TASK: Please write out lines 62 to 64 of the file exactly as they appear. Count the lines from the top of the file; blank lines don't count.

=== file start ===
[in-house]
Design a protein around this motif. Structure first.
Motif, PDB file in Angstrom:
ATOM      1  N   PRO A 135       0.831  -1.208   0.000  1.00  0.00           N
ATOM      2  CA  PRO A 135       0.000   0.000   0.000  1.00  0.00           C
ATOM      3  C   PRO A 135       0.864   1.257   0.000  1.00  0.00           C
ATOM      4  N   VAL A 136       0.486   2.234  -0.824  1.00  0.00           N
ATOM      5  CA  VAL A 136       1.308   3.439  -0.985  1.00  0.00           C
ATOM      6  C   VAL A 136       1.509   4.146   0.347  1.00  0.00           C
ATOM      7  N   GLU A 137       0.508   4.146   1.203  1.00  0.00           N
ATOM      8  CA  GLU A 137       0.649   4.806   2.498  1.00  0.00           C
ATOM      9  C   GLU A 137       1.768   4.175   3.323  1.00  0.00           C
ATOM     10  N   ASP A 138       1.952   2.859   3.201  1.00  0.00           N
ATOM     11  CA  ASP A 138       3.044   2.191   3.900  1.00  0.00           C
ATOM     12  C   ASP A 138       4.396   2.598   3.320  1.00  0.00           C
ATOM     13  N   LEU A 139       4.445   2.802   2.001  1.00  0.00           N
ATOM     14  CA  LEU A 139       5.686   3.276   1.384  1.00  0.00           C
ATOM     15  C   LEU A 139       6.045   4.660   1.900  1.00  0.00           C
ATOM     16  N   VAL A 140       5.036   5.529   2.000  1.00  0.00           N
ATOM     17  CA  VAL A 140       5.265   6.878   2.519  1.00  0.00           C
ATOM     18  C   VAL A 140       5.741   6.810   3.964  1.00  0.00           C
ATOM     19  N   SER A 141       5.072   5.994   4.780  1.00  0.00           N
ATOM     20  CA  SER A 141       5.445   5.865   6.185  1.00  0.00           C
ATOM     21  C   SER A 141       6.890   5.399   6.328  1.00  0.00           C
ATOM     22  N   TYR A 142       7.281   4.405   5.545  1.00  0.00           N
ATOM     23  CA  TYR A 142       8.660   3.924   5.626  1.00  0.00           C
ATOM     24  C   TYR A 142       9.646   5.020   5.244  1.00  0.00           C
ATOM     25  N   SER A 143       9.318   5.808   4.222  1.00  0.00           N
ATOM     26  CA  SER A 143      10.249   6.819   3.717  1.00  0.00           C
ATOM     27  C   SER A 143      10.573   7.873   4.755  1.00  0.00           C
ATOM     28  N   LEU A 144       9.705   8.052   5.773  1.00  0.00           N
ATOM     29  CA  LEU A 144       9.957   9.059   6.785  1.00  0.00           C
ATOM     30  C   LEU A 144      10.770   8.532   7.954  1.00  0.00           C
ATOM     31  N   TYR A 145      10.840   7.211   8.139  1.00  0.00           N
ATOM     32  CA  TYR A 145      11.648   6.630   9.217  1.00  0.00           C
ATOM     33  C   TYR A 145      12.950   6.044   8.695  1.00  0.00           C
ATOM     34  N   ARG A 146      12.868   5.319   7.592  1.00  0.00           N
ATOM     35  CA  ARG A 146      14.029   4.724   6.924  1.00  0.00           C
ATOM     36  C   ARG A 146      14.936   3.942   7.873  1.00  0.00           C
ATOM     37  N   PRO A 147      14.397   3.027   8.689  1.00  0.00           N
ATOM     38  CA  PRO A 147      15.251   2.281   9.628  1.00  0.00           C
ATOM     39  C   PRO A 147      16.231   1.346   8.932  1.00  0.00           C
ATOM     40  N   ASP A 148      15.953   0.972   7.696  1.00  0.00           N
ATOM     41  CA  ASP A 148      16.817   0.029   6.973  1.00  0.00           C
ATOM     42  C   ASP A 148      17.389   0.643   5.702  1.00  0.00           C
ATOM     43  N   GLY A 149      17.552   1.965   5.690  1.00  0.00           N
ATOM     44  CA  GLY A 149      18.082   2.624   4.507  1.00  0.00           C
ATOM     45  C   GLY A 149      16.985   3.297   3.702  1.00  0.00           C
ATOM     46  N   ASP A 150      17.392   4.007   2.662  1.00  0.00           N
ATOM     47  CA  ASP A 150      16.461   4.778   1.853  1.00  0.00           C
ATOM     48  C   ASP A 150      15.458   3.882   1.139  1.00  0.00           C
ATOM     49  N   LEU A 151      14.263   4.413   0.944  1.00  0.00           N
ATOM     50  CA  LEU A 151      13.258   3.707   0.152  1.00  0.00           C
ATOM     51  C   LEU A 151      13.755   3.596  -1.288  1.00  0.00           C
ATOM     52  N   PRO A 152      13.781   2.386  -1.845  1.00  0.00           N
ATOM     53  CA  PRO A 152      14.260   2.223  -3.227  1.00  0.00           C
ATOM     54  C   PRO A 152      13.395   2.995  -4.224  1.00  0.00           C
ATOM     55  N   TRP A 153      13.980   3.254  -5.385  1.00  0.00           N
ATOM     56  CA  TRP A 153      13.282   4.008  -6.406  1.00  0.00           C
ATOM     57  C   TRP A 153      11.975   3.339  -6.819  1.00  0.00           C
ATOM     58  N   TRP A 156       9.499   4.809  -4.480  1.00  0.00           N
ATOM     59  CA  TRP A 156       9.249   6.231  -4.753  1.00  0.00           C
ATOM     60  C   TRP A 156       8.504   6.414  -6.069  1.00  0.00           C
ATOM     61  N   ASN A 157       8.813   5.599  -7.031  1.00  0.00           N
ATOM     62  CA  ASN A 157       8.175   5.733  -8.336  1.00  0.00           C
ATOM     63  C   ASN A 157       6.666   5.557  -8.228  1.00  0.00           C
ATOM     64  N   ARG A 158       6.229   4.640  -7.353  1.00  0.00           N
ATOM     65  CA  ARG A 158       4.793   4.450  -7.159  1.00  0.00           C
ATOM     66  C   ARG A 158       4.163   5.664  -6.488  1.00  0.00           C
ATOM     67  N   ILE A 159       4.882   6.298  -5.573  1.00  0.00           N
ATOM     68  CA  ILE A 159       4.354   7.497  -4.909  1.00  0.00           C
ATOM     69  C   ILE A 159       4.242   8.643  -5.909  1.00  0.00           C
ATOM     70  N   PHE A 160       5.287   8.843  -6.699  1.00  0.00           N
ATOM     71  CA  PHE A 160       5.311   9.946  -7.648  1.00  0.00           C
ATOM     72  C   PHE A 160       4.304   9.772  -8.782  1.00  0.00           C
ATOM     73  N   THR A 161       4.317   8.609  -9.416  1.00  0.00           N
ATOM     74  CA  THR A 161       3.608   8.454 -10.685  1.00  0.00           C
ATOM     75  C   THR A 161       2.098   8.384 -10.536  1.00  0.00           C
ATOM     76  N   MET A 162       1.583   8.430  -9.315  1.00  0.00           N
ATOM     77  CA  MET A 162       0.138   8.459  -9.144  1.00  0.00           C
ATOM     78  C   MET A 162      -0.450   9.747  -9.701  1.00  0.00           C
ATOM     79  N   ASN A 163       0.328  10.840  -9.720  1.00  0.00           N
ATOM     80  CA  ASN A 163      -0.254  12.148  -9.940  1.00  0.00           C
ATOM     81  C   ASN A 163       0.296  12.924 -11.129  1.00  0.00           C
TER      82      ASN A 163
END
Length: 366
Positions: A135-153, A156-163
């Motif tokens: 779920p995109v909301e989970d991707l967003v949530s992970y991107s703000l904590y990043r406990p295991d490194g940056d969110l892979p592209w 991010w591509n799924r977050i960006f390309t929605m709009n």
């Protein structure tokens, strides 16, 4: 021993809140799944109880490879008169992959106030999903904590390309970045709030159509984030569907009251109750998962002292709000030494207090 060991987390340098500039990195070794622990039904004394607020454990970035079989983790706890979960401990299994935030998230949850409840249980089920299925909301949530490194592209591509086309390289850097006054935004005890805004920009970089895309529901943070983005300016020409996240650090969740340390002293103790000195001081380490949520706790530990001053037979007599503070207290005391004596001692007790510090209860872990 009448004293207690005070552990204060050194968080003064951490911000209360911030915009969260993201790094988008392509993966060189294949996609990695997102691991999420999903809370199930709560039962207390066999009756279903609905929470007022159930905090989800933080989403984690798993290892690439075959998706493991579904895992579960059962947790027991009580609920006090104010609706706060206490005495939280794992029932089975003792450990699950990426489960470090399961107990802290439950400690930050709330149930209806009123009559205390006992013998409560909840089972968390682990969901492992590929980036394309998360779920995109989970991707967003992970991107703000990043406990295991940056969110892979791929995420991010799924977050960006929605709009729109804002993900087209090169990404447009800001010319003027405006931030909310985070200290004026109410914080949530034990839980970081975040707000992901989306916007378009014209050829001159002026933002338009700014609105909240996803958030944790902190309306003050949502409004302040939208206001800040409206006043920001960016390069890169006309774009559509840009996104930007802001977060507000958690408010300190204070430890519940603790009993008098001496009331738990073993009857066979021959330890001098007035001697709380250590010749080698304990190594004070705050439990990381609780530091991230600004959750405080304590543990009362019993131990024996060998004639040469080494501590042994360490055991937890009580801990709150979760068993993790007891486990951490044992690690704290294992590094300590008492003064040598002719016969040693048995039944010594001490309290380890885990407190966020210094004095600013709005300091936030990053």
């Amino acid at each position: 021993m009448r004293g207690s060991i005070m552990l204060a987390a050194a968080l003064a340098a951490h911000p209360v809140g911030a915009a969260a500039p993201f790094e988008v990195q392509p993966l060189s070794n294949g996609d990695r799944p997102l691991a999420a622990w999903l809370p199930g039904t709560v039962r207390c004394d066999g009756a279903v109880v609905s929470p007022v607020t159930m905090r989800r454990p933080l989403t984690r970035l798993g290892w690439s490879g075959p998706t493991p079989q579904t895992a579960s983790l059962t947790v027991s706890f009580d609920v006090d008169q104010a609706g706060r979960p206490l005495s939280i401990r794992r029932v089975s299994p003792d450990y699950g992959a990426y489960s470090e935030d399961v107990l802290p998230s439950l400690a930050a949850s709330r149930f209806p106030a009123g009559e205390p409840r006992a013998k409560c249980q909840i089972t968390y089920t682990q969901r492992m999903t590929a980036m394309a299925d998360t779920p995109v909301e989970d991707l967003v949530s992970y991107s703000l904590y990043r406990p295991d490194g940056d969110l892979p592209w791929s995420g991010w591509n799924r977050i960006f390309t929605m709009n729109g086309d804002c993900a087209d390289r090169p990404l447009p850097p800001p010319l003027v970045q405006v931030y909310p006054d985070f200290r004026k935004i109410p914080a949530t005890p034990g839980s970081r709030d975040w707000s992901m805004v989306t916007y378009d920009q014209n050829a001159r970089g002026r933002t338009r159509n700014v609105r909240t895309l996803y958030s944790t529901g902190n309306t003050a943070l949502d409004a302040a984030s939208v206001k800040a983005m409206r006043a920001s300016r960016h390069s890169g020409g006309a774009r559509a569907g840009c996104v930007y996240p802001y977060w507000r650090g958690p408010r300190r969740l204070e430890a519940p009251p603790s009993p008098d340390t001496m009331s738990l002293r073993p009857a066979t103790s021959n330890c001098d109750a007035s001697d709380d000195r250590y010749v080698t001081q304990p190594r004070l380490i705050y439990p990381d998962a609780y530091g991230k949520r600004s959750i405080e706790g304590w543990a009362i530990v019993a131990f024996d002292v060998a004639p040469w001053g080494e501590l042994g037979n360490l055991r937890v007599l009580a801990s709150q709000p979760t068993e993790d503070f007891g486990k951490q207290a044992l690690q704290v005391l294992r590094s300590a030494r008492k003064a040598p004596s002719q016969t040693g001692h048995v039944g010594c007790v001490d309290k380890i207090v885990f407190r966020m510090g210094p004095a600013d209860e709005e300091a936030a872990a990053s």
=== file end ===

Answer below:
ATOM     59  CA  TRP A 156       9.249   6.231  -4.753  1.00  0.00           C
ATOM     60  C   TRP A 156       8.504   6.414  -6.069  1.00  0.00           C
ATOM     61  N   ASN A 157       8.813   5.599  -7.031  1.00  0.00           N